Wright was the perfect person to take on the task of creating a documentary about them. In addition to his masterfully inventive utilisation of music within his body of work (of which Baby Driver is the most famous example), the word ‘kinetic’ is often thrown about by critics attempting to describe his style. This fits the relentless attitude and energy the brothers have thrown at their projects and live presence, not to mention their sonic reinventions through the decades. He keeps up wonderfully, at least for the most part until towards the end where a couple of projects fell by the wayside due to time limitations (at over two hours long, this sprawling project was actually the result of some ruthless editing down on Wright’s part).
On the whole it is very thorough and well done, and one particular strength is how it one is invited to explore the nature of their subversion of pop music. The Maels do not fit into the standard ideas of their mainstream contemporaries – there is no narrative about sex and drugs and rock’n’roll to tell, instead they have music videos of themselves doing strip teases in drag, going out for coffee every morning and having a devoted queer fanbase. By being themselves, they were far more of a diversion from American values than the cliched classic rock band which they originally assumed they would become.To paraphrase one music journalist, they were a heterosexual American group assuming the role of a gay European group.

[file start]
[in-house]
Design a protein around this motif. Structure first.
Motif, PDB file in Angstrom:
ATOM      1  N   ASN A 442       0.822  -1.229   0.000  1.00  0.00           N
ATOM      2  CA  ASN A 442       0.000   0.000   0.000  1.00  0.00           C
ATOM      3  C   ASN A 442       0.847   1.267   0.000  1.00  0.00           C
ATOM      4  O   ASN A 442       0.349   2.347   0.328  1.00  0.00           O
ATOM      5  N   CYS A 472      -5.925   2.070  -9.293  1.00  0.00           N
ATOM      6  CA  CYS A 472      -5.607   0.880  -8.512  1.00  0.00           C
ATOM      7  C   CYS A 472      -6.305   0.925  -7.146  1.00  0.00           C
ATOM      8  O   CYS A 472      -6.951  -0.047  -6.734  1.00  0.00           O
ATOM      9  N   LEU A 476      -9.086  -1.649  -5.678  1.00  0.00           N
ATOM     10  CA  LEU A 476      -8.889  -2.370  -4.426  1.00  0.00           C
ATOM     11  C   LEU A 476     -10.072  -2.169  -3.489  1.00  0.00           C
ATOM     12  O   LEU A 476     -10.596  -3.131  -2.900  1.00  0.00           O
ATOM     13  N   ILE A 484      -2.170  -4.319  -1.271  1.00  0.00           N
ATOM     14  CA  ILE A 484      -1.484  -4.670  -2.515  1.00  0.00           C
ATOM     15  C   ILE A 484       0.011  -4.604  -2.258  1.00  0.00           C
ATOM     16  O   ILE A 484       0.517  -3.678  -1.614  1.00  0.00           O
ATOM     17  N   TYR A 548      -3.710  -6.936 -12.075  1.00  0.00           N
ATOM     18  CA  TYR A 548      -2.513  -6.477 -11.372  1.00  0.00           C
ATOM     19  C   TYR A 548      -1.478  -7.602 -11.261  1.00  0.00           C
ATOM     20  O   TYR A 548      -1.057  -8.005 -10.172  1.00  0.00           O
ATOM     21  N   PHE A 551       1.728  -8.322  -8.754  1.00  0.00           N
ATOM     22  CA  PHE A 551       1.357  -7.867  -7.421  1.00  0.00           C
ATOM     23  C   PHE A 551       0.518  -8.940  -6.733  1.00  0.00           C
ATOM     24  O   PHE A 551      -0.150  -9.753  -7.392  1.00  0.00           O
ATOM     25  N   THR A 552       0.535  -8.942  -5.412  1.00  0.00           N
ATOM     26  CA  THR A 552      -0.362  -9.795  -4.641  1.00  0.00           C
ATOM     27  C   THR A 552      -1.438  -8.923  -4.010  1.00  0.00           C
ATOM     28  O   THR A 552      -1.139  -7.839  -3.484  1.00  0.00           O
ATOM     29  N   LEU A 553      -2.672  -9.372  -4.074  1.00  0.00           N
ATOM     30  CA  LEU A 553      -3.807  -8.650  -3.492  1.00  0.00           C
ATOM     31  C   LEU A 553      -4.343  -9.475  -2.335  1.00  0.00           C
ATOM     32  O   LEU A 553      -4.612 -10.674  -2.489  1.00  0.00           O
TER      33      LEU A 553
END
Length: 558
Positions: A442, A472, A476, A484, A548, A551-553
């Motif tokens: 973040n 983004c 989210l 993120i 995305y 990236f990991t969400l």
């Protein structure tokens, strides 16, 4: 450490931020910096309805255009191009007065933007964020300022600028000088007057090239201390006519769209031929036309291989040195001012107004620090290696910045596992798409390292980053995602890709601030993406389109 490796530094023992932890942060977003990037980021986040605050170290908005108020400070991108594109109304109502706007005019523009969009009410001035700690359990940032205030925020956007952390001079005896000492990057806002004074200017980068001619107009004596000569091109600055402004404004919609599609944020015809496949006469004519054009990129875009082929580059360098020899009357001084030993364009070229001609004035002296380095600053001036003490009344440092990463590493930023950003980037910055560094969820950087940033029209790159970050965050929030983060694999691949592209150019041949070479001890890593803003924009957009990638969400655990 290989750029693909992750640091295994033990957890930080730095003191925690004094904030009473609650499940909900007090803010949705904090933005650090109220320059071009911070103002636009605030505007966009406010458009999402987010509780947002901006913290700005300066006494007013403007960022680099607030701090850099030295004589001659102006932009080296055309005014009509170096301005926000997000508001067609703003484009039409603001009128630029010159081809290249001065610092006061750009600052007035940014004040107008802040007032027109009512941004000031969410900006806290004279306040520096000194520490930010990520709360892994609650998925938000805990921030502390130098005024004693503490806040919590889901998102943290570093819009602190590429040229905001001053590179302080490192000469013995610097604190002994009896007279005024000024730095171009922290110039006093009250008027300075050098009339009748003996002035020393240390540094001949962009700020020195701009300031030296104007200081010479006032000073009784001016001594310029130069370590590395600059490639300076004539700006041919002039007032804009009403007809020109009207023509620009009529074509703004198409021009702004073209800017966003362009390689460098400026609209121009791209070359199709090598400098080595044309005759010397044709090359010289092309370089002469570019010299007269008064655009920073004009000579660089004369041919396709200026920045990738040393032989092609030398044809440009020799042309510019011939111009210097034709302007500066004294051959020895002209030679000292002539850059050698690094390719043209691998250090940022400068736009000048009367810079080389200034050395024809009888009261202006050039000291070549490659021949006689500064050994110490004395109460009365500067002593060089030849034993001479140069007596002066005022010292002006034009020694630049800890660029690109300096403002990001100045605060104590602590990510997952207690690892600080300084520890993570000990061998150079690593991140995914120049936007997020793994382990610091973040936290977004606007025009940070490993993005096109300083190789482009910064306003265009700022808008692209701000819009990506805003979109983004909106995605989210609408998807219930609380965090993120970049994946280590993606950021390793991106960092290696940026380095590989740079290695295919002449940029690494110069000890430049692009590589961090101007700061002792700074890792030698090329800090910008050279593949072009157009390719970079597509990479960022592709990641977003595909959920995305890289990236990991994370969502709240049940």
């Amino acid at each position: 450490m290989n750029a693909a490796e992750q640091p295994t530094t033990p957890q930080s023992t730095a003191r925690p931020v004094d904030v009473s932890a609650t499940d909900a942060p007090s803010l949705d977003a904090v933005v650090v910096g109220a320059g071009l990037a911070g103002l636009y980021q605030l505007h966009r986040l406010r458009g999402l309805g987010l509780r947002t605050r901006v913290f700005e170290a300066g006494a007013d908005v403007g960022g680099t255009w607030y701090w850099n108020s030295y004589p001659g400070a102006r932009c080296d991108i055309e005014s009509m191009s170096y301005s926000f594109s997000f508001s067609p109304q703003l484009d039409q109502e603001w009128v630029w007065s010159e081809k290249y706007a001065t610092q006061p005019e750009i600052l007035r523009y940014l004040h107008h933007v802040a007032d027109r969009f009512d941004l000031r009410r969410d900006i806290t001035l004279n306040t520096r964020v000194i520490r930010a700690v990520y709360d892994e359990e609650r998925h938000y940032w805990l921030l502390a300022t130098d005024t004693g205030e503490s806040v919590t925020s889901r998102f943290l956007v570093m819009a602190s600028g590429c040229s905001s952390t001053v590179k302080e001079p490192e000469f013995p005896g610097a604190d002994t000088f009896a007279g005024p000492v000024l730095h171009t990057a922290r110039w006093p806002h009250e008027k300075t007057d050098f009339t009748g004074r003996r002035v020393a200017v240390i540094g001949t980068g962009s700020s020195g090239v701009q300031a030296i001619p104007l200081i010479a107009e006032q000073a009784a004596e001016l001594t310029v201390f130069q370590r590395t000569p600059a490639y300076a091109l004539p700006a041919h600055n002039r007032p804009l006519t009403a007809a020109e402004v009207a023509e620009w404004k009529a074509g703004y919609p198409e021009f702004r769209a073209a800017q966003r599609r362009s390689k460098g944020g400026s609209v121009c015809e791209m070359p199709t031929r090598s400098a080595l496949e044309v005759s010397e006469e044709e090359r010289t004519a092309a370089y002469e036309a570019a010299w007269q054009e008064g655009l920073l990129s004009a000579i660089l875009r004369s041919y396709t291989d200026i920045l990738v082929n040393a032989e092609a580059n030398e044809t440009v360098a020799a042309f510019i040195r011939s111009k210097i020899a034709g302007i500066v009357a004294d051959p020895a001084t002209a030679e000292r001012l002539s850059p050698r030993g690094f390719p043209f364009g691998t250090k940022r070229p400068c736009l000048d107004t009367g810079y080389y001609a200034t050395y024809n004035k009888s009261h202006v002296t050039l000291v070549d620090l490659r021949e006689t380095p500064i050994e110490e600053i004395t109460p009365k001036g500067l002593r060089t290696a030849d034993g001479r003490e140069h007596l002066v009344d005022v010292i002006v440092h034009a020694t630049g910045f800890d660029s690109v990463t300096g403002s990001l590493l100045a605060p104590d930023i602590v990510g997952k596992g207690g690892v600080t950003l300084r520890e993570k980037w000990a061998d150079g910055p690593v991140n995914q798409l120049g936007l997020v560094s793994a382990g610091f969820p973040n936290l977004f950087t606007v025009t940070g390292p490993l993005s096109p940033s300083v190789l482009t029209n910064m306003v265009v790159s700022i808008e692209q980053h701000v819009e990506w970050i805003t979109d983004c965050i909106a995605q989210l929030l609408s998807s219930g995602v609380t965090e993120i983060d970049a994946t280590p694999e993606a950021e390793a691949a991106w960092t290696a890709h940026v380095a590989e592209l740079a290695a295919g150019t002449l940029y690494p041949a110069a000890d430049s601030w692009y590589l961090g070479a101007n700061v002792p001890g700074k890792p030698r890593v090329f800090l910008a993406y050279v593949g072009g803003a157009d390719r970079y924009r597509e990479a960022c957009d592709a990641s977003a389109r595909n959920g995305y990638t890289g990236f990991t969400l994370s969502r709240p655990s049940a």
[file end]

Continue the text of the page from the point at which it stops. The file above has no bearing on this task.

Elsewhere, it weaves in the cinematic aspirations of the duo, whether it be their failed ventures with Jacques Tati and Tim Burton or their recent Cannes-approved debut with the musical Annette. Considering that the documentary reveals that they had both studied film at UCLA in the 1960s, this aspect does feel rather key to their artistic approach. That being said, their 2009 radio play The Seduction of Ingmar Bergman, an ambitious exploration of a clash of American and European cultures and sensibilities through an imagined journey of the eponymous Swedish film director to Hollywood, was unfairly relegated to a footnote.